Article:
Each month brings another grim harvest. When I last sent out a newsletter on May 1, the United States had suffered 64,203 deaths from Covid-19. Today the total has reached 108,708. As researchers probe the overall death rate, the full toll of the pandemic continues to come into sharper focus.

Countries and states that went into lockdown over the past couple months are now starting to loosen their controls. It seems as if a lot of people think this means that the pandemic is over. But there are still plenty of new covid-19 cases every day, and these folks could potentially infect a lot of other people if they board a bus, teach a yoga class, join a choir practice, or do any number of other things that have been shown to let the virus spread quickly from person to person.

In the past month, we have also learned that only a few percent of people in most hard-hit states and countries have gotten infected, which means that there are many potential hosts left. The combination of vulnerable people and rushing back to life as normal could very well create new spikes as high or higher than this spring’s. Unfortunately, we may not notice these resurgences until they’re well underway and hard to stop.

I’ve kept myself busy with covid reporting over the past month, except for the occasional snake…

On May 2, I helped write a story on the state of the global vaccine race.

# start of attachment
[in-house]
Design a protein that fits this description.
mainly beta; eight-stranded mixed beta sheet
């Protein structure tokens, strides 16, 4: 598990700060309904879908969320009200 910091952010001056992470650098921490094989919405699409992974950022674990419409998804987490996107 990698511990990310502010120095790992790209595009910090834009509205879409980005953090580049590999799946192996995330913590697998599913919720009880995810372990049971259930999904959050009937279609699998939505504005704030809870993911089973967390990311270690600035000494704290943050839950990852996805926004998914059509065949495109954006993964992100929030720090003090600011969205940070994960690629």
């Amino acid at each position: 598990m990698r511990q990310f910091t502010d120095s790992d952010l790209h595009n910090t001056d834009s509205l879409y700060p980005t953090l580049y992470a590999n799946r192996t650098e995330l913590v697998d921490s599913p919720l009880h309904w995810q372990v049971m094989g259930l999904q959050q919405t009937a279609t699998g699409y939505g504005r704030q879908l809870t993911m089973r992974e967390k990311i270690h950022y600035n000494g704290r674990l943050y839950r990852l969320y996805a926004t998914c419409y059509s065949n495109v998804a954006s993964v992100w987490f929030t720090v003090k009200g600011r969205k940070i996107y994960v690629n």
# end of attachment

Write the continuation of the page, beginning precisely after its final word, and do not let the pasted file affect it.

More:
As part of my next book on life, I got really interested in how snakes eat. Here is a dispatch from the world of weirdly big meals.

On May 20, I reported a bunch of news on vaccines: the results of a trial on monkeys, an infographic on the different kinds of vaccines in development, and another co-authored overview of the state of the global vaccine race (which changed a lot over the 18 days since our first take!).

A week later, I wrote about a new study that sheds more light on how the coronavirus spread from China to Europe and North America. January and February saw a lot of false starts before the outbreaks took off–showing the full scale of the tragedy that let us miss the pandemic’s onset.

On the first day of June, I offered some advice on how to read a scientific paper about covid-19.

Finally (so far), here’s a piece on some of the first genetic variations that look like they may make some people more prone to getting really sick with covid-19. I was none too pleased to learn that my own blood type, A, may make me at greater risk.

Off the printed page, I had a great chat with Alan Alda on his podcast Clear+Vivid about parasites, belly button bacteria, and all sorts of other stuff. (This episode may sound strange, because we recorded it in the before-times, when covid-19 did not loom over us all.) I was also a guest on WNPR to talk about what we know about the disease, and talked at a New York Times Event about what we’ll need to get this pandemic behind us.

That’s all for now. Stay safe!

My award-winning book, She Has Her Mother’s Laugh, is available in paperback. You can order it now from fine book mongers, including AmazonBarnes and NobleBAMHudson Booksellers, and IndieBound.

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Best wishes, Carl

Originally published June 5, 2020. Copyright 2020 Carl Zimmer.